If you are a fan of the Danish actress Connie Nielsen or the Danish writer Karen Blixen (on whose experiences the movie Out of Africa was based, follow this link to an article, “MIPTV: Connie Nielsen on Becoming Karen Blixen in ‘The Dreamer'” by Scott Roxborough. The article discusses the challenges Nielsen faced in portraying Karen Blixen and how her portrayal differs radically from that by Meryl Streep in Out of Africa. Streep’s portrayal was of a young woman engaged in a passionate love affair, whereas Nielsen’s is that of a broken woman who has returned to Denmark penniless having lost her farm and her lover.

One note about the photo above: in trying to find a photo to accompany this article, I ran across this one. There are two copies of this photo on Wikimedia Commons. One identifies the man as Denys Finch-Hatton, (Blixen’s lover portrayed by Robert Redford in Out of Africa). Another identifies the man as Thomas Dinesen, Karen’s brother. Its source is supposed to be the Danish Royal Library. The source of the first is not identified. However, a quick search on Google resulted in a lot of photos of Denys Finch-Hatton, most of which (in my opinion) look like the man above. If you enjoy detective work, do the research and let me know what you come up with.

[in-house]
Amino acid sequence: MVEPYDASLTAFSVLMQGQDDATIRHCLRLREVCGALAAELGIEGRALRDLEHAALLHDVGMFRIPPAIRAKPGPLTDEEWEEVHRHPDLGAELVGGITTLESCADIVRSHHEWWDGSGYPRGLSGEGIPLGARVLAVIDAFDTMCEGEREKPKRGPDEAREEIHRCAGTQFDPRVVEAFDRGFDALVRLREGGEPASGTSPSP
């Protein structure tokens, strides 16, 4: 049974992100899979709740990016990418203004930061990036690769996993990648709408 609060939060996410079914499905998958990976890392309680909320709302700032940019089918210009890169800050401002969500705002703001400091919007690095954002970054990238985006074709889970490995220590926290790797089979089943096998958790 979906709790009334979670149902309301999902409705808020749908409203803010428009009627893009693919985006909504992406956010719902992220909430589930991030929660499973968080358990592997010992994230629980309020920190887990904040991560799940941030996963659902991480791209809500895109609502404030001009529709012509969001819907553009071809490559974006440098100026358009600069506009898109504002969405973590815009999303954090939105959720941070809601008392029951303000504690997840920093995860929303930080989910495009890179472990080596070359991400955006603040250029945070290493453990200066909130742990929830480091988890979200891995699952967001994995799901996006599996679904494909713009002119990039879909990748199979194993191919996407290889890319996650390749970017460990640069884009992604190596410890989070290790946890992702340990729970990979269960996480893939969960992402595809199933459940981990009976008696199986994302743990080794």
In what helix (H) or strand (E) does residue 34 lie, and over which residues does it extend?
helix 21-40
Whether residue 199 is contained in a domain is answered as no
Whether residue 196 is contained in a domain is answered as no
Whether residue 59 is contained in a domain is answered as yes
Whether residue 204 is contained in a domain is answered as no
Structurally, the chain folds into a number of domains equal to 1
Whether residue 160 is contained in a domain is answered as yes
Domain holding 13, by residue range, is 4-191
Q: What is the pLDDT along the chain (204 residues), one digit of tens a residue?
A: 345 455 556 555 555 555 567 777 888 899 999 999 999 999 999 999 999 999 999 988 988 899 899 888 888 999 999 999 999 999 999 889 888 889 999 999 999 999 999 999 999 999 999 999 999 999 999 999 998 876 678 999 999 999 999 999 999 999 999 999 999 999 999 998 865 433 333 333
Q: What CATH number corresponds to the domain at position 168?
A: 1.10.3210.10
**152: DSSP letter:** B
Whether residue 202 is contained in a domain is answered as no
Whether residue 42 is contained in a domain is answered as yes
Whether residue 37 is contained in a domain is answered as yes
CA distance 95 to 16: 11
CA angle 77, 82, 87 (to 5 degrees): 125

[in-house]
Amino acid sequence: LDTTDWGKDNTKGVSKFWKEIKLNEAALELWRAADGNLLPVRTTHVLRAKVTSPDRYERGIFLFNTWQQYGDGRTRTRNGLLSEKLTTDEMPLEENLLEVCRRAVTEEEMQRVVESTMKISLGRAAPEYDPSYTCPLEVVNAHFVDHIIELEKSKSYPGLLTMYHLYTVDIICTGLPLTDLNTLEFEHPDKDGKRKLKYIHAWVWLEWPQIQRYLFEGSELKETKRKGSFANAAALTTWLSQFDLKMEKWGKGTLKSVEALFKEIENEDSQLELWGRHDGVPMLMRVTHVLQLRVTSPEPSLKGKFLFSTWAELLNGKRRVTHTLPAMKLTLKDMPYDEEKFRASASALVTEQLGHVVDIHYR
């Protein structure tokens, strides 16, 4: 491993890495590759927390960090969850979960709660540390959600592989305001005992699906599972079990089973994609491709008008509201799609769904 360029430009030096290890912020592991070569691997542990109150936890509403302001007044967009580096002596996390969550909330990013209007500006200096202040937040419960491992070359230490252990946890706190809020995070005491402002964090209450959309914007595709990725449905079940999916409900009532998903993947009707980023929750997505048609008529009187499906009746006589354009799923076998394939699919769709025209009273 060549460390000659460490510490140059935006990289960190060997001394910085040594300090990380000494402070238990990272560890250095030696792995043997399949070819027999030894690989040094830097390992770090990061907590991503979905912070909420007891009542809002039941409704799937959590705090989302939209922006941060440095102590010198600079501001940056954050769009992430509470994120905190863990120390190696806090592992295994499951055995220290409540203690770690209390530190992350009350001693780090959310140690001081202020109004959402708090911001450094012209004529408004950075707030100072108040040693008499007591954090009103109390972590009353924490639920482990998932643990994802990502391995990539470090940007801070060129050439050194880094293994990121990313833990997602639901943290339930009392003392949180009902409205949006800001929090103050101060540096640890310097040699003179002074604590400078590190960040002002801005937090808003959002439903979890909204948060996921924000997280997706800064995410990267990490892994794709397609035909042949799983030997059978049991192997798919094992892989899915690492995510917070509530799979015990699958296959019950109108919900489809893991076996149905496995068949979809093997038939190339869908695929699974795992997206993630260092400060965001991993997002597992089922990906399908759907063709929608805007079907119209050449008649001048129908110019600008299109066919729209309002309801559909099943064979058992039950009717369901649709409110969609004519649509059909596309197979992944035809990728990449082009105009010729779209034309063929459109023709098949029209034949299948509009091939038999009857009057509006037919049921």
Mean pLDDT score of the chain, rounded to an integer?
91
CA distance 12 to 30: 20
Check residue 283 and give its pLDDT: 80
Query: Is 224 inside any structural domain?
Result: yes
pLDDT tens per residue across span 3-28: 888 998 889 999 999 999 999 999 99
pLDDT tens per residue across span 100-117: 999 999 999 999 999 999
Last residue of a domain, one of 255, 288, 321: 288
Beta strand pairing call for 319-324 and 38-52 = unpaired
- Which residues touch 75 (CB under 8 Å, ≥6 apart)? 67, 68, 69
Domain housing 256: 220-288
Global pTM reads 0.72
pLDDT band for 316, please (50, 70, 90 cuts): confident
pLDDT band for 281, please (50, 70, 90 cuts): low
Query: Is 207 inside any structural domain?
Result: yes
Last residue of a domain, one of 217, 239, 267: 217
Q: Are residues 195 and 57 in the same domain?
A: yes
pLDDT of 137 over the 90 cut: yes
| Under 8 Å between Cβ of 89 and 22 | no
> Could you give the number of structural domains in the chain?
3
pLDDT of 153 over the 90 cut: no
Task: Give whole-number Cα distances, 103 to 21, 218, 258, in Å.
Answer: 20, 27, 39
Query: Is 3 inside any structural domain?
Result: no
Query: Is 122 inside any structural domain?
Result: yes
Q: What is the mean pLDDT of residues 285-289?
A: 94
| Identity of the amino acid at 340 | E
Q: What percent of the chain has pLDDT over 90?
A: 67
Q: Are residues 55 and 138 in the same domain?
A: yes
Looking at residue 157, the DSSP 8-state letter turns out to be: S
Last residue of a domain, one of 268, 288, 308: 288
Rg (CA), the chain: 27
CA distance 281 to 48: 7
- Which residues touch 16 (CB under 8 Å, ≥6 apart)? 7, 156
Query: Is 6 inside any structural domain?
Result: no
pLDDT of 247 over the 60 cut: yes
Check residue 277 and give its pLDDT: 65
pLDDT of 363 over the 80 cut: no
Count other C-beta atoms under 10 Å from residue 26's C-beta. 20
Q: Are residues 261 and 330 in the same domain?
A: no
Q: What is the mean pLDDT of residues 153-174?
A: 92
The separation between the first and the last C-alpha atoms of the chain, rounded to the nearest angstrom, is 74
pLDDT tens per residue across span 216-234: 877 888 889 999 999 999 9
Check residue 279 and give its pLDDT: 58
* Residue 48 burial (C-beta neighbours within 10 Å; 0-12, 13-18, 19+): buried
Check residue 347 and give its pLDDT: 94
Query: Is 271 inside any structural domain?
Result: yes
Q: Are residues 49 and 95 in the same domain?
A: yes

Hasta luego.

Lycanthrope: Update of April 5, 2022

An update on my progress with Lycanthrope.

One theoretical cover

I have finally broken through the barrier that has kept me from adding more to Lycanthrope. I still have more to go, but I am probably at about 67,000 of a desired 80,000+ words. I am coming up with some good ideas, but I must jot them down quickly or I forget them. Hopefully, I will be finished before long. I am focused on finishing this finally. It has been a long journey and the storyline is radically different from the original I imagined nearly thirty years ago when I was in the Navy and living in Bremerton, Washington.